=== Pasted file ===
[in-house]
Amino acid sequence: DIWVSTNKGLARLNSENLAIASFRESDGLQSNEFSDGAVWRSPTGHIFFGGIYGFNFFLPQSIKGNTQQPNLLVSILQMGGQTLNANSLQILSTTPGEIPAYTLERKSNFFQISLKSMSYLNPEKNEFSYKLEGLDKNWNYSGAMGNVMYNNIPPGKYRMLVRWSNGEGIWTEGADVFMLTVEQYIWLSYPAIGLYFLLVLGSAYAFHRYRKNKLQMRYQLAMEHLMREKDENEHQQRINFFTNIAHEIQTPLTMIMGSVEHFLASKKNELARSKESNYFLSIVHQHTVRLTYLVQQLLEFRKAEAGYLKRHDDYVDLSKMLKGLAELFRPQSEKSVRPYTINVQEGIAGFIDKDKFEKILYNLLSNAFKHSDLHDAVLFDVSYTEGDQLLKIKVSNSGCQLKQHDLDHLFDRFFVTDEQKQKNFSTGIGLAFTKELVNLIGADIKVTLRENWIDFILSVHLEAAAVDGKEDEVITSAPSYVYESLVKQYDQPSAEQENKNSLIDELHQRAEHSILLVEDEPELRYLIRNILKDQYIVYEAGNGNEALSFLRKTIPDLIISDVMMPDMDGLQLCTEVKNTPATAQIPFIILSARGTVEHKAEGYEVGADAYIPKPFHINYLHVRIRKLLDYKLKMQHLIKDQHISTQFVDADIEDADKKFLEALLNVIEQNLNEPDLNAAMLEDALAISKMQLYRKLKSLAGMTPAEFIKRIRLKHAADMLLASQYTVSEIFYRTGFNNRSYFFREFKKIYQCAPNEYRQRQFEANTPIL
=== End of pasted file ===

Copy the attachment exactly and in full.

[in-house]
Amino acid sequence: DIWVSTNKGLARLNSENLAIASFRESDGLQSNEFSDGAVWRSPTGHIFFGGIYGFNFFLPQSIKGNTQQPNLLVSILQMGGQTLNANSLQILSTTPGEIPAYTLERKSNFFQISLKSMSYLNPEKNEFSYKLEGLDKNWNYSGAMGNVMYNNIPPGKYRMLVRWSNGEGIWTEGADVFMLTVEQYIWLSYPAIGLYFLLVLGSAYAFHRYRKNKLQMRYQLAMEHLMREKDENEHQQRINFFTNIAHEIQTPLTMIMGSVEHFLASKKNELARSKESNYFLSIVHQHTVRLTYLVQQLLEFRKAEAGYLKRHDDYVDLSKMLKGLAELFRPQSEKSVRPYTINVQEGIAGFIDKDKFEKILYNLLSNAFKHSDLHDAVLFDVSYTEGDQLLKIKVSNSGCQLKQHDLDHLFDRFFVTDEQKQKNFSTGIGLAFTKELVNLIGADIKVTLRENWIDFILSVHLEAAAVDGKEDEVITSAPSYVYESLVKQYDQPSAEQENKNSLIDELHQRAEHSILLVEDEPELRYLIRNILKDQYIVYEAGNGNEALSFLRKTIPDLIISDVMMPDMDGLQLCTEVKNTPATAQIPFIILSARGTVEHKAEGYEVGADAYIPKPFHINYLHVRIRKLLDYKLKMQHLIKDQHISTQFVDADIEDADKKFLEALLNVIEQNLNEPDLNAAMLEDALAISKMQLYRKLKSLAGMTPAEFIKRIRLKHAADMLLASQYTVSEIFYRTGFNNRSYFFREFKKIYQCAPNEYRQRQFEANTPIL